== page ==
uint256 instead of 16 increases the balance limit from
4,294,967,296. One can also do the opposite and increase the amount of token balances packed per
uint256, reducing the balance limit but increasing storage efficiency.
The efficiency gains come from the fact that you can transfer 16 token classes with a single storage update, which is much less costly. However, the balance of these token classes needs to be packed within the same
uint256 in order to benefit from this efficiency gain. Indeed, if you transfer 16 token classes where their balance is stored in different
uint256, then you will have 16 storage updates, like a regular ERC-20 transfer. This means that token classes that are more likely to be transferred together should have IDs that are close to each others (e.g. 23, 24, 25, etc.) as well, increasing the likelihood of having many token classes within the same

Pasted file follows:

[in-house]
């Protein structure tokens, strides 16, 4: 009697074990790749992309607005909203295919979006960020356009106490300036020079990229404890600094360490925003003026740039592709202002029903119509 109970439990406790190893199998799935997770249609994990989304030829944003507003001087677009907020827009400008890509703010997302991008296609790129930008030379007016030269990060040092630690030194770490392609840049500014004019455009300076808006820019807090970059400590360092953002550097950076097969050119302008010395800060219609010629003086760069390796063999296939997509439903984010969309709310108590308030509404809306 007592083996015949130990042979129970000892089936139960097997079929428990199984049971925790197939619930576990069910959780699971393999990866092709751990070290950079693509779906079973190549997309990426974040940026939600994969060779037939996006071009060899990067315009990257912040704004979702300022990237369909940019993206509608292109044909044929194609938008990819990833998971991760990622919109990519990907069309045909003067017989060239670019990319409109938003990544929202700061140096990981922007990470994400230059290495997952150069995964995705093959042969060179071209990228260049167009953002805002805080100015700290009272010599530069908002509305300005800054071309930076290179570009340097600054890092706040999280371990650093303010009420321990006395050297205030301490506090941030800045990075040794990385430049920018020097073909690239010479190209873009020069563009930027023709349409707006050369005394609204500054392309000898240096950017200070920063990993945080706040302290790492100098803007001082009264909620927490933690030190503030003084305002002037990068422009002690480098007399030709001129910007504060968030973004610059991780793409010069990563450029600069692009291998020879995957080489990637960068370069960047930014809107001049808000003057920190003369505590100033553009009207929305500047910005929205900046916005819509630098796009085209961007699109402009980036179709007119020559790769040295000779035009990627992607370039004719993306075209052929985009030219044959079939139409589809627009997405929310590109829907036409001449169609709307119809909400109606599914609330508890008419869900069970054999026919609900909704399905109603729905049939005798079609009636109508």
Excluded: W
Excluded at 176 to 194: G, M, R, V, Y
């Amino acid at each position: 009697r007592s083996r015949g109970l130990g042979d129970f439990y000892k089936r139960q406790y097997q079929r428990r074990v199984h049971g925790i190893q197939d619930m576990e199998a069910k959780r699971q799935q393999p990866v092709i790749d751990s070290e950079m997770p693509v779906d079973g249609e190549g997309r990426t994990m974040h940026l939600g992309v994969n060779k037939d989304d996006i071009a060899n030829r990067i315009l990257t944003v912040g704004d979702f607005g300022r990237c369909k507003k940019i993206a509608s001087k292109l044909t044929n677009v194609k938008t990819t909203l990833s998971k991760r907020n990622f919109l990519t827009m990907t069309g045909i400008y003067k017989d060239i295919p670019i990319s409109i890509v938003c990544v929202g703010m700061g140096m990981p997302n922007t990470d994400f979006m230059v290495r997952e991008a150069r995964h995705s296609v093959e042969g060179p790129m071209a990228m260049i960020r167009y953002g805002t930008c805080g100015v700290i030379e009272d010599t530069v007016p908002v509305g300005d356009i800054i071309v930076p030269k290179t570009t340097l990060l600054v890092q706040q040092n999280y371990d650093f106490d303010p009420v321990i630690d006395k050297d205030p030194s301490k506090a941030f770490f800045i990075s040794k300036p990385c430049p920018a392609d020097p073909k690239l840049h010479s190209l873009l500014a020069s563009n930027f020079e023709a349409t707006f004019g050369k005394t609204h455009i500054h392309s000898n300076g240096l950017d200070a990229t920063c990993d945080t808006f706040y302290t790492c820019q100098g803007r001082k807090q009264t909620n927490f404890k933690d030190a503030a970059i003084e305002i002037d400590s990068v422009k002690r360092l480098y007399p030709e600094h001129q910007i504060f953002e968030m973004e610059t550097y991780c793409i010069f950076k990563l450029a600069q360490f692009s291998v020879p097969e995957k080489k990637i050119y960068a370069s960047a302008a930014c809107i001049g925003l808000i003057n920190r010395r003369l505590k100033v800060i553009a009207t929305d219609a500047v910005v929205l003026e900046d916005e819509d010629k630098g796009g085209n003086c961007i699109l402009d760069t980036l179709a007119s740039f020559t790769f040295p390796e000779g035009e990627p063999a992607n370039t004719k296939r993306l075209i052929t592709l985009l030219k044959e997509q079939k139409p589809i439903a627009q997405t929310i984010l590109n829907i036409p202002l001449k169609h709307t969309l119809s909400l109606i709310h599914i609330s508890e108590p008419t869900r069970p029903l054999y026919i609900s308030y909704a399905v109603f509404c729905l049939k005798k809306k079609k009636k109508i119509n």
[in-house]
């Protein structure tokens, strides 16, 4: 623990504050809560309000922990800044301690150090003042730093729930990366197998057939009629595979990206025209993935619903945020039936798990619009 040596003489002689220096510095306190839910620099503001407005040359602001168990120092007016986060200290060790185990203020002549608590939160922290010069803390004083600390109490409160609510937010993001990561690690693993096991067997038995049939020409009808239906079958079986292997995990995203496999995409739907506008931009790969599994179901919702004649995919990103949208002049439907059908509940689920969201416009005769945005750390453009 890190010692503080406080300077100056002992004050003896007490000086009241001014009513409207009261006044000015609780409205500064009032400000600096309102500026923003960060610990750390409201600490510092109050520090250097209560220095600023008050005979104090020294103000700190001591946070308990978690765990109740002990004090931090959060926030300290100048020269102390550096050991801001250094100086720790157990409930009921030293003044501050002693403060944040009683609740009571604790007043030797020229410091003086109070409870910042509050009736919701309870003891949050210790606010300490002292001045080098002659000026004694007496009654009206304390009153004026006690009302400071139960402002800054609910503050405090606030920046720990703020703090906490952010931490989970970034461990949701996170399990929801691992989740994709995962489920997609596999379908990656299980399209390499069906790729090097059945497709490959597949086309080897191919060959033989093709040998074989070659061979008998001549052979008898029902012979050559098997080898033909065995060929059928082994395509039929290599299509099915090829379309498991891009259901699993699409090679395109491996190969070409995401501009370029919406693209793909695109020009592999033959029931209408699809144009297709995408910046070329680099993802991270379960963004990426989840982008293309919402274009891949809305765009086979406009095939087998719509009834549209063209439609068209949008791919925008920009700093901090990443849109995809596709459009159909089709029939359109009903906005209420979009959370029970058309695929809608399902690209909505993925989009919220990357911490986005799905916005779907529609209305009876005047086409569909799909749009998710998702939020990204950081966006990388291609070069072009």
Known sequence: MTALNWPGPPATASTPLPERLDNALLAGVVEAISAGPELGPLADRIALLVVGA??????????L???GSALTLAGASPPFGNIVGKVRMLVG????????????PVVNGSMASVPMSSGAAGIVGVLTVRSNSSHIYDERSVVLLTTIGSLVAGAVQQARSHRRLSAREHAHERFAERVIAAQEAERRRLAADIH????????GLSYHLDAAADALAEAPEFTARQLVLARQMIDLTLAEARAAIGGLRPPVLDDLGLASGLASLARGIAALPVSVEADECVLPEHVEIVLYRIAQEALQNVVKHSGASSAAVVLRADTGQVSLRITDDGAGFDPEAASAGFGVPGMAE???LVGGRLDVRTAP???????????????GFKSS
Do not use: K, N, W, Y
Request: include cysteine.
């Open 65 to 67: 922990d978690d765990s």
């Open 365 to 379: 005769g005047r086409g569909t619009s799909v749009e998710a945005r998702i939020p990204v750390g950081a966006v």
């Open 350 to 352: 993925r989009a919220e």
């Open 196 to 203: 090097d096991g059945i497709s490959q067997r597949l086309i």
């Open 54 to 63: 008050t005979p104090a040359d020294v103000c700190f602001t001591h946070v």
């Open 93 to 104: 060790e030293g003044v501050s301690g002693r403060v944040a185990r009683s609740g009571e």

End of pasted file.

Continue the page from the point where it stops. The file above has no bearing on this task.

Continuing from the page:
These compromises and assumptions might be inappropriate for some applications, but we believe others will find this useful.
Comparing Transfer Costs Between Standards
We transferred a single token from 100 different classes for ERC-20, ERC-721 and MCTs. In the case of ERC-721, each token type is a different NFT, within the same contract. In the case of ERC-20, each token type is a different ERC-20 token, stored in different contracts. For both ERC-721 and ERC-20, we also wrote a wrapper contract that transfers on behalf of users, saving on the base transaction cost. The cost here does not include the
approval call cost that such wrapping contracts would necessitate.
Transferring 100 ERC-721 tokens in different transaction calls :
- Total gas cost : 5,113,036
- Gas Cost Per Transfer : 51,130
Transferring 100 ERC-721 tokens with a wrapper contract :
- Total gas cost : 2,463,700
- Gas Cost Per Transfer : 24,637
Transferring 100 ERC-20 tokens in different transaction calls :
- Total gas cost : 5,153,300
- Gas Cost Per Transfer : 51,533
Transferring 100 ERC-20 tokens with wrapper contract :
- Total gas cost : 3,373,822
- Gas Cost Per Transfer : 33,738